Magnesium acetate 5 mM
SDS‐containing d
SDS 2% (w/v)
Tris·Cl (pH 8.0‐9.0 for minimal dyes, pH 8.0 for saturation dyes) 10‐30 mM
Magnesium acetate 5 mM

 aIt is advisable to consider adding protease inhibitors to the lysis buffer.
 bDo not heat solutions containing urea and thiourea in order to aid solubilization.
 cASB14 can be substituted with NP40 or SB3‐10, providing the final concentration of NP40 before labeling is <1%. Use 2% SB3‐10.
 dSDS‐containing solutions must be diluted to a final concentration of ≤0.2% before successful isoelectric focusing can take place.
NOTE: Typical cell lysing conditions involve resuspending a cell pellet in an appropriate lysis buffer and incubating for 30 to 60 min on ice. A typical cell washing procedure involves resuspending a cell pellet in wash solution at ≥2× the volume of the cell pellet, gently vortexing, and then re‐centrifuging.
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Figures

Videos

Literature Cited

Literature Cited
   Bruschi, M. 2009. New iodo‐acetamido cyanines for labeling cysteine thiol residues. A strategy for evaluating plasma proteins and their oxido‐redox status. Proteomics 9:460‐469.
   Chouchani, E.T. , Hurd, T.R. , Nadtochiy, S.M. , Brookes, P.S. , Fearnley, I.M. , Lilley, K.S. , Smith, R.A.J. , and Murphy, M.P. 2010. Identification of S‐nitrosated mitochondrial proteins by S‐nitrosothiol difference in gel electrophoresis (SNO‐DIGE): Implications for the regulation of mitochondrial function by reversible S‐nitrosation. Biochem. J. 430:49‐59.
   Chouchani, E.T. , James, A.M. , Fearnley, I.M. , Lilley, K.S. , and Murphy, M.P. 2011. Proteomic approaches to the characterization of protein thiol modification. Curr. Opin. Chem. Biol. 15:120‐128.
   Deery, M.J. , Maywood, E.S. , Chesham, J.E. , Slajdek, M. , Karp, N.A. , Green, E.W. , Charles, P.D. , Reddy, A.B. , Kyriacou, C.P. , Lilley, K.S. , and Hastings, M.J. 2009. Proteomic analysis reveals the role of synaptic vesicle cycling in sustaining the suprachiasmatic circadian clock. Curr. Biol. 19:2031‐2036.
   Kang, Y. , Techanukul, T. , Mantalaris, A. , and Nagy, J.M. 2009. Comparison of three commercially available DIGE analysis software packages: Minimal user intervention in gel‐based proteomics. J. Proteome Res. 8:1077‐1084.
   Karp, N.A. , McCormick, P.S. , Russell, M.R. , and Lilley, K.S. 2007. Experimental and statistical considerations to avoid false conclusions in proteomics studies using differential in‐gel electrophoresis. Mol. Cell. Proteomics 6:1354‐1364.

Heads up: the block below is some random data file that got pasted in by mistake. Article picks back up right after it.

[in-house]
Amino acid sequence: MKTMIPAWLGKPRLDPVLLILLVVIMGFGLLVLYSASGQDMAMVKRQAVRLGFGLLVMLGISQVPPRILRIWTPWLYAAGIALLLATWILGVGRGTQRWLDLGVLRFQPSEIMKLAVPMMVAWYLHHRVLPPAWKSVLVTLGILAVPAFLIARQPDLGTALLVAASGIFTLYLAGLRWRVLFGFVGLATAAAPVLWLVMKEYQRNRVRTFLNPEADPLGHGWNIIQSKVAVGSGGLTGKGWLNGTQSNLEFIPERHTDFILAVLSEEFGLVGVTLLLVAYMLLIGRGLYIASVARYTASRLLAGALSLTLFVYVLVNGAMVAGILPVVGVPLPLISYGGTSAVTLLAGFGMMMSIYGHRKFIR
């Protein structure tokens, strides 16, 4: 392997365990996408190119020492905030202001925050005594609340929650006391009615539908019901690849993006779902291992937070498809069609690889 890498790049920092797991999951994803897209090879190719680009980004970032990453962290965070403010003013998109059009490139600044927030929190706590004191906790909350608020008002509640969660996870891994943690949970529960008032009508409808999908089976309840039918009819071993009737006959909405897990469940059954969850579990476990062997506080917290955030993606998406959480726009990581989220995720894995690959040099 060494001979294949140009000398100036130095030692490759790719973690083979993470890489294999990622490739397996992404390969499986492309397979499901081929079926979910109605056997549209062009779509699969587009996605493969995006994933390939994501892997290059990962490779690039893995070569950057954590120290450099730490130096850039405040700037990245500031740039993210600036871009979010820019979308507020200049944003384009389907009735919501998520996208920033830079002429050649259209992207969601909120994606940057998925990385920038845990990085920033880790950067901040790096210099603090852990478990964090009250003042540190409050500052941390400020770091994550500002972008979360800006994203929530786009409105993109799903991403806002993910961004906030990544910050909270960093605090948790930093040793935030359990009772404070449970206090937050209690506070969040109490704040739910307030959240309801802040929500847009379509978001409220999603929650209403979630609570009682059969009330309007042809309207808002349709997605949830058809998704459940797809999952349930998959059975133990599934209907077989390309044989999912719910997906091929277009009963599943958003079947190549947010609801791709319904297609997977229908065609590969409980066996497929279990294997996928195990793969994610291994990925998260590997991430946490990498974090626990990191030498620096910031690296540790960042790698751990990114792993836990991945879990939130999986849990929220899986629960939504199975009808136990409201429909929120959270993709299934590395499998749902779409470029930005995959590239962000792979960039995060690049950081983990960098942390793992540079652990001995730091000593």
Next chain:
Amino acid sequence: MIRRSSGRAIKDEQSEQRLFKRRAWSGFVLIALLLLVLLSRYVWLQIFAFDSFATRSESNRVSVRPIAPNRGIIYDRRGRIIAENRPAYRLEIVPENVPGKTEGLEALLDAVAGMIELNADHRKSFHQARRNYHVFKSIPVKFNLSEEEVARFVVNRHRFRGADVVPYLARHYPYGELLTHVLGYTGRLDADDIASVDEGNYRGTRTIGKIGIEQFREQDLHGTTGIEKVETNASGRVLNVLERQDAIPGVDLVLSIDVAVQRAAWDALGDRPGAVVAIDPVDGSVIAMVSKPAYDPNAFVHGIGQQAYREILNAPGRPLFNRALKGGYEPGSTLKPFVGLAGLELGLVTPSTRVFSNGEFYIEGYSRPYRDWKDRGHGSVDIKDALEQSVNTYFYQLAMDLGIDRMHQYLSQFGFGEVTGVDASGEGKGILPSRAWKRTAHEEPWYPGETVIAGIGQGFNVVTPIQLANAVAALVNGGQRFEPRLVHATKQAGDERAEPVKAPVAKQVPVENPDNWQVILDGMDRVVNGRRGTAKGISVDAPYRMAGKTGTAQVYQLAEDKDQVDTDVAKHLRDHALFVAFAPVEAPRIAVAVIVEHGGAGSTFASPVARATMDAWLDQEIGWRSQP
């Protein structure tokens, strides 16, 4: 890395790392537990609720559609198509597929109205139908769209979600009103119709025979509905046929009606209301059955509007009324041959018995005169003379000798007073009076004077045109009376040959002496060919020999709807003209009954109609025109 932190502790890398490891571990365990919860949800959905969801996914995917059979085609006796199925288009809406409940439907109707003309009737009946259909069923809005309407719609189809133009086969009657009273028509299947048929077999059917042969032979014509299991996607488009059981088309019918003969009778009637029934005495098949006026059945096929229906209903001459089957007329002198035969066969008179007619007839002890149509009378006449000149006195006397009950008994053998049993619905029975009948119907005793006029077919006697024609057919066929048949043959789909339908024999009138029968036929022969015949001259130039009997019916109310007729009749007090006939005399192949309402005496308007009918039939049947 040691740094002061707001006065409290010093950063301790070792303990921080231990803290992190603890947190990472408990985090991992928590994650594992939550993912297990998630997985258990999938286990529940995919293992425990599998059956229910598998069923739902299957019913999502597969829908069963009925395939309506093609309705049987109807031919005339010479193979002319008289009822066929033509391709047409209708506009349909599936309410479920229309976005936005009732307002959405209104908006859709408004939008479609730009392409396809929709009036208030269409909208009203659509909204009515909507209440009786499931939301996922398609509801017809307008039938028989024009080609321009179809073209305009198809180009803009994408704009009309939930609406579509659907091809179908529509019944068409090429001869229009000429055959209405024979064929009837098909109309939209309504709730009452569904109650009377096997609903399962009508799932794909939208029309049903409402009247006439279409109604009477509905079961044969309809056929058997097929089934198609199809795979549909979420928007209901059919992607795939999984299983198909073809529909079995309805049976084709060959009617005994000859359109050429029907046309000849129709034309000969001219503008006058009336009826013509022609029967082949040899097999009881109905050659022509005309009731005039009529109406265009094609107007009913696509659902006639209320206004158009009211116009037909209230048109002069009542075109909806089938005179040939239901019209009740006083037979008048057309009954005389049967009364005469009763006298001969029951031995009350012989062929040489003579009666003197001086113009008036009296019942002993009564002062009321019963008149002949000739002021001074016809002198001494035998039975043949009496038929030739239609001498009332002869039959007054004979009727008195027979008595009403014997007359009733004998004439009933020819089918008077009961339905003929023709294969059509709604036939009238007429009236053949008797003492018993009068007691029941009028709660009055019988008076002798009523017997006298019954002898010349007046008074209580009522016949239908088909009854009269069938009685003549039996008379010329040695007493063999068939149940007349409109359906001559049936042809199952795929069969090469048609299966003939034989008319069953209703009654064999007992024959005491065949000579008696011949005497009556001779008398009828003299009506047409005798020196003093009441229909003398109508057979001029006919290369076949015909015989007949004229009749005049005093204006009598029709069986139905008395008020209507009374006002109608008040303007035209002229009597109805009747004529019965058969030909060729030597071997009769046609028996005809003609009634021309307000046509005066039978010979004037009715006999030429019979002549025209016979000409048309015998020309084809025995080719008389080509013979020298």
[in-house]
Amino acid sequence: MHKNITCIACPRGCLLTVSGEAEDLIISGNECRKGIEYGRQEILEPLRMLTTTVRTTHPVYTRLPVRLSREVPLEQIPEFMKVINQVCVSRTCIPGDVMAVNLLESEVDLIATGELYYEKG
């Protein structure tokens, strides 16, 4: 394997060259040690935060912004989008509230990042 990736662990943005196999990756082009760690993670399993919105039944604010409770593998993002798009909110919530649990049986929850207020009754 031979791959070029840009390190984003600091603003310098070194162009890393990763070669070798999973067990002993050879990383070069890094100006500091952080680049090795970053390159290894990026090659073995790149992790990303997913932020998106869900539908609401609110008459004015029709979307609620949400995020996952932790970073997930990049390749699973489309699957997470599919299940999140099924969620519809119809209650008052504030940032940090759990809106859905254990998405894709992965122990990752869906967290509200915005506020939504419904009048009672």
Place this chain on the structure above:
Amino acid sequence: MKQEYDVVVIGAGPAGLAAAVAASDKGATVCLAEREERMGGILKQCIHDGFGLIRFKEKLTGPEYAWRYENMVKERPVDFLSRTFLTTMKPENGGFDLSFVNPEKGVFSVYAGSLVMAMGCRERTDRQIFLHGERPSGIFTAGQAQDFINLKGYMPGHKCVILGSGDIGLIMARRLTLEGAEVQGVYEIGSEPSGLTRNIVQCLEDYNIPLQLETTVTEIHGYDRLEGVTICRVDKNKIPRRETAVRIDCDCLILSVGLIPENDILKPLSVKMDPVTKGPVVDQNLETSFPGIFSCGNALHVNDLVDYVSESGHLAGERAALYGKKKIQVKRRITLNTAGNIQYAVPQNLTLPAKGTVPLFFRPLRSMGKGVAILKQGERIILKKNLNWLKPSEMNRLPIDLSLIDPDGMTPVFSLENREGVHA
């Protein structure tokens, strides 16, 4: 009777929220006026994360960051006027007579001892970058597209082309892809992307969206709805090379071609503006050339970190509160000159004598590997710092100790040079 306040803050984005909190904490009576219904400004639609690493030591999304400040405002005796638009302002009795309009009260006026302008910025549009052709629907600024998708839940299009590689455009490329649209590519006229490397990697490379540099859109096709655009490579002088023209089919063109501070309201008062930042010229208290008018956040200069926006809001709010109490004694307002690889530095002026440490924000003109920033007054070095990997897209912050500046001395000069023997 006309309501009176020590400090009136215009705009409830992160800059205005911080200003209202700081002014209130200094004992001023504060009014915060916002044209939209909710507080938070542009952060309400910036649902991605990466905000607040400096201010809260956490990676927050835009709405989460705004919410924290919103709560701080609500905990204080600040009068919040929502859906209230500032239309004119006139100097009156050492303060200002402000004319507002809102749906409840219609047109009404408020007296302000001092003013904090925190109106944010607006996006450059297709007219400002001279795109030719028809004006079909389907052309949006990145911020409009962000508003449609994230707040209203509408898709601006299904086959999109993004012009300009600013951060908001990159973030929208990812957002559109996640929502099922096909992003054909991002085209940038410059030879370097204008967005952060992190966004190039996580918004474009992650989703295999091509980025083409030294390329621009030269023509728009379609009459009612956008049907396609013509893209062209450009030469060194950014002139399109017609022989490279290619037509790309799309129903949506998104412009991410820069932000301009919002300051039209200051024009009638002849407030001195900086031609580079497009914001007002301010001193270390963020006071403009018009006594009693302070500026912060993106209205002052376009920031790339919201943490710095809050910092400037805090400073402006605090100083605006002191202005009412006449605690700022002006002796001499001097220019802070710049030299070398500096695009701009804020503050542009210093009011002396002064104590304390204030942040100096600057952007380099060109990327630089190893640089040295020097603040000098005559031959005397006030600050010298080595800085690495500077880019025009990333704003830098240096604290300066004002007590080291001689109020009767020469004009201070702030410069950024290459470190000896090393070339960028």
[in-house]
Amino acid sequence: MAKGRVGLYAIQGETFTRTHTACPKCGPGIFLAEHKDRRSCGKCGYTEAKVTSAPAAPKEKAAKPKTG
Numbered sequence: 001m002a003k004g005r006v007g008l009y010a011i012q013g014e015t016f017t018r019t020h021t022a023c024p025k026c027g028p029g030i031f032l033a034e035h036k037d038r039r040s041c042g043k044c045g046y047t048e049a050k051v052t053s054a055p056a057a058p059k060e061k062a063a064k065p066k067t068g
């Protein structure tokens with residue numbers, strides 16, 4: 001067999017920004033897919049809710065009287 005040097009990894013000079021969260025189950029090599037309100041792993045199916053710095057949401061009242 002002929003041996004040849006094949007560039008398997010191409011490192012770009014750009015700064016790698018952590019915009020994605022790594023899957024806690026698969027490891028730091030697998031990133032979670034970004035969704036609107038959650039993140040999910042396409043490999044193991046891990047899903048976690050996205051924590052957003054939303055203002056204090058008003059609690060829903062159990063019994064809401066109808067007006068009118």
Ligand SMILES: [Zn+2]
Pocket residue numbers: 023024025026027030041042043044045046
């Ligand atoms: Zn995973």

Karp, N.A. , Feret, R. , Rubtsov, D.V. , and Lilley, K.S. 2008. Comparison of DIGE and post‐stained gel electrophoresis with both traditional and SameSpots analysis for quantitative proteomics. Proteomics 8:948‐960.
   Lilley, K.S. and Friedman, D.B. 2004. All about DIGE: Quantification technology for differential‐display 2D‐gel proteomics. Exp. Rev. Proteomics 1:401‐409.
   Lilley, K.S. , Razzaq, A. , and Dupree, P. 2002. Two‐dimensional gel electrophoresis: Recent advances in sample preparation, detection and quantitation. Curr. Opin. Chem. Biol. 6:46‐50.
   Minden, J.S. 2012. DIGE: Past and future. Methods Mol. Biol. 854:3‐8.
   Penno, M.A.S. , Klingler‐Hoffmann, M. , Brazzatti, J.A. , Boussioutas, A. , Putoczki, T. , Ernst, M. , and Hoffmann, P. 2012. 2D‐DIGE analysis of sera from transgenic mouse models reveals novel candidate protein biomarkers for human gastric cancer. J. Proteomics 77:40‐58.
   Santoni, V. , Kieffer, S. , Desclaux, D. , Masson, F. , and Rabilloud, T. 2000. Membrane proteomics: Use of additive main effects with multiplicative interaction model to classify plasma membrane proteins according to their solubility and electrophoretic properties. Electrophoresis 21:3329‐3344.
   Schmidt, H. , Gelhaus, C. , Latendorf, T. , Nebendahl, M. , Petersen, A. , Krause, S. , Leippe, M. , Becker, W.‐M. , and Janssen, O. 2009. 2‐D DIGE analysis of the proteome of extracts from peanut variants reveals striking differences in major allergen contents. Proteomics 9:3507‐3521.
   Shaw, J. , Rowlinson, R. , Nickson, J. , Stone, T. , Sweet, A. , Williams, K. , and Tonge, R. 2003. Evaluation of saturation labelling two‐dimensional difference gel electrophoresis fluorescent dyes. Proteomics 3:1181‐1195.
   Ünlü, M. , Morgan, M.E. , and Minden, J.S. 1997. Difference gel electrophoresis: A single gel method for detecting changes in protein extracts. Electrophoresis 18:2071‐2077.